The 8th Circuit Court of Appeals has reversed a district court decision to grant summary judgment based on excluding three plaintiff experts regarding causation. While the district court ruled the experts did not reliably exclude alternative causes of injury and therefore their testimony was inadmissible under Daubert, the Court of Appeals concluded that this was not an appropriate application of Daubert and that the experts’ opinions could be of assistance to the trier of fact.
The case, Scott Johnson, as guardian ad litem of H.T.P., a minor (“Johnson”) v. Mead Johnson & Company, LLC (“Mead”), involved a product liability claim that an infant contracted meningitis from contaminated infant formula. Johnson’s experts undertook a differential diagnosis, which ruled in the formula as a potential cause of the illness, while ruling out other possible causes. However, the district court agreed with Mead that the Johnson experts’ differential diagnoses failed to address issues contrary to their conclusions and that they used unreliable methodology.
In reversing the district court decision, the Court of Appeals explained that Daubert and the Federal Rule of Evidence 702 (see this article for a related discussion of these rules) “greatly liberalized what had been the strict Frye standards for admission of expert scientific testimony…and attempt to relax the previous roadblocks to expert testimony”. This application was extended to all expert testimony (not just “scientific”) in Kumho Tire Co. v. Carmichael. The Court of Appeals noted that “cases are legion that, correctly, under Daubert, call for the liberal admission of expert testimony” and provided the following examples:
- United States v. Finch, 630 F.3d 1057, 1062 (8th Cir. 2011): we resolve doubts about the usefulness of expert testimony in favor of admissibility
- Robinson v. GEICO Gen. Ins. Co., 447 F.3d 1096, 1100 (8th Cir. 2006): expert testimony should be admitted if it “advances the trier of fact’s understanding to any degree“
- Lauzon v. Senco Prods., Inc., 270 F.3d 681, 686 (8th Cir. 2001): Rule 702 “clearly is one of admissibility rather than exclusion“
- Wood v. Minn. Mining & Mfg. Co., 112 F.3d 306, 309 (8th Cir 1997): exclusion of expert’s opinion is proper “only if it is so fundamentally unsupported that it can offer no assistance to the jury“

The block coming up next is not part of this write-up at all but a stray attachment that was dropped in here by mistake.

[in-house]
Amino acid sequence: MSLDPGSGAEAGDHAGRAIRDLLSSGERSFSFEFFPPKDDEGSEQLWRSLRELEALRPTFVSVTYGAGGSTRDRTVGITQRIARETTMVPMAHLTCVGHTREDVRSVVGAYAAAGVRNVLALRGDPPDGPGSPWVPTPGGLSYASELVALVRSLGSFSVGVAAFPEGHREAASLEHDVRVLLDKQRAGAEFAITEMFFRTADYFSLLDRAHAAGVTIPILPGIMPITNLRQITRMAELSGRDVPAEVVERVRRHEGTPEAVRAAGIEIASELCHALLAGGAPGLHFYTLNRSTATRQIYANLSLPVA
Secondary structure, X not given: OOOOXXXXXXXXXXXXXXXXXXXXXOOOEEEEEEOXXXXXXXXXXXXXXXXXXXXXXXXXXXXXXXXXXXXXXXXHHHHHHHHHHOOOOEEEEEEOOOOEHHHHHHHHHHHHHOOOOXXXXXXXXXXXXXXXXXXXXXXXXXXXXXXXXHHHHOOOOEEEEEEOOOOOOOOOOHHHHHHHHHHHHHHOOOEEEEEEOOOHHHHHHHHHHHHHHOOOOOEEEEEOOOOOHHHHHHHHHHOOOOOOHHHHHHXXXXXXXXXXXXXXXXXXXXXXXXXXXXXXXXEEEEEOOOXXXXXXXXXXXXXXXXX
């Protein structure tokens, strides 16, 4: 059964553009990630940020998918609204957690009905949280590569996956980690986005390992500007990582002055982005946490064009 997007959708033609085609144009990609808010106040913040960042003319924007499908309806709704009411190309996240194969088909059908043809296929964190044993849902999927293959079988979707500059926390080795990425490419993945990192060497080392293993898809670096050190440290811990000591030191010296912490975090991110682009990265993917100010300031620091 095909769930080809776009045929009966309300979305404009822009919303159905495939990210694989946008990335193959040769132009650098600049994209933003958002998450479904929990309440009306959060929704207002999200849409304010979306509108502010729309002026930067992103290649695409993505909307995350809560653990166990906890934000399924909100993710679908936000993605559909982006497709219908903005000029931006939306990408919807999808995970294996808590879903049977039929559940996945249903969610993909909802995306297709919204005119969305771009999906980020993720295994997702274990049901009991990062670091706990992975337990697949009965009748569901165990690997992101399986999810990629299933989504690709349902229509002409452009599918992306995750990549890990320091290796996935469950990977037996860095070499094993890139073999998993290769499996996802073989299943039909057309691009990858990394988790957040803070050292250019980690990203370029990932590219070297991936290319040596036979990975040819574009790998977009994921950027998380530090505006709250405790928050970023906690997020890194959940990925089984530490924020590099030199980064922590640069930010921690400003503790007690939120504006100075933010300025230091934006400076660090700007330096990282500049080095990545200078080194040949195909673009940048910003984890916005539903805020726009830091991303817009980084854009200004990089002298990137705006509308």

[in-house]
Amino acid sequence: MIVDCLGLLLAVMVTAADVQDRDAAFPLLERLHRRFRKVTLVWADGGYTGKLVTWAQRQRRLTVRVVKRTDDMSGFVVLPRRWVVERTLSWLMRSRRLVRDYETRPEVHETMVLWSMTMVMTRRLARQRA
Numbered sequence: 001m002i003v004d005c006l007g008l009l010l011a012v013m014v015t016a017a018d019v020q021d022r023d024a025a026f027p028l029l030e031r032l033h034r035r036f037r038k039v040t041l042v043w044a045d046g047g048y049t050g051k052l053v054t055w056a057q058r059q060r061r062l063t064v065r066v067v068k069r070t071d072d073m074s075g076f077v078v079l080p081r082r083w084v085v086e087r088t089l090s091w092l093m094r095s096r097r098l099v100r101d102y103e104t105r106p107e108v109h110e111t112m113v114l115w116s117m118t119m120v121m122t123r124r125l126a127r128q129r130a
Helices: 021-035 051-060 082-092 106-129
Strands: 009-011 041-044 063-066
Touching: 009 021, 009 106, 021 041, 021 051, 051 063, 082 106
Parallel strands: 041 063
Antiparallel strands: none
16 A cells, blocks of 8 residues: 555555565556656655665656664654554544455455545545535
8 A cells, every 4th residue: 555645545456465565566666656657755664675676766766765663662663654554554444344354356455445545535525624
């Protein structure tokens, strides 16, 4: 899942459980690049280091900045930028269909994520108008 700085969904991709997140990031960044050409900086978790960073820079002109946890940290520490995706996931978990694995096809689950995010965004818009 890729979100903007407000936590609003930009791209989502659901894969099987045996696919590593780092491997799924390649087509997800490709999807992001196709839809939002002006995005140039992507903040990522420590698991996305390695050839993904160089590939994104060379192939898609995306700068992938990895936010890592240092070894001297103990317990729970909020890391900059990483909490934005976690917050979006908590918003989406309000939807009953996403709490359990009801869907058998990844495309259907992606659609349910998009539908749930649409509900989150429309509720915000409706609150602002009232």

- Wyeth, 686 F.3d at 625: district courts are admonished not to weigh or assess the correctness of competing expert opinions
- Daubert, 509 U.S. at 590, 596: As long as the expert’s scientific testimony rests upon “good grounds, based on what is known“, it should be tested by the adversary process with competing expert testimony and cross-examination, rather than excluded by the court at the outset
In the current case, the Court of Appeals admonished the district court for having
“violated these liberal admission standards by resolving doubts in favor of keeping the testimony out and relying upon its own assessment of the correctness of the expert opinions. By doing so, it disallowed the adversarial process to work. Considering the factor in dispute is whether the evidence is trustworthy enough to assist the trier of fact…the key inquiry is whether the methodology of the three experts…was reliable enough to assist the trier of fact. If the district court believed there were better grounds for some alternative conclusion… or there were some flaws in the experts’ methods…, because the expert testimony in this case was within “the range where experts might reasonably differ,” the jury, not the trial court, should be the one to “decide among the conflicting views of different experts.” Kumho Tire, 526 U.S. at 153.”
And further described that:
“The district court abused its discretion in excluding Johnson’s experts. The methodology employed by Johnson’s experts was scientifically valid, could properly be applied to the facts of this case, and, therefore, was reliable enough to assist the trier of fact. Daubert, 509 U.S. at 593-94. With the expert testimony proposed, Johnson has created an issue of fact for a jury on the issue of causation and is entitled to attempt to prove his claim…”
In this decision the Eight Circuit firmly supports that doubt should favor admission. This ruling demonstrates once again that with regard to topics where experts might reasonably differ, the trier of fact should be the one to assess the reliability of conflicting opinions.
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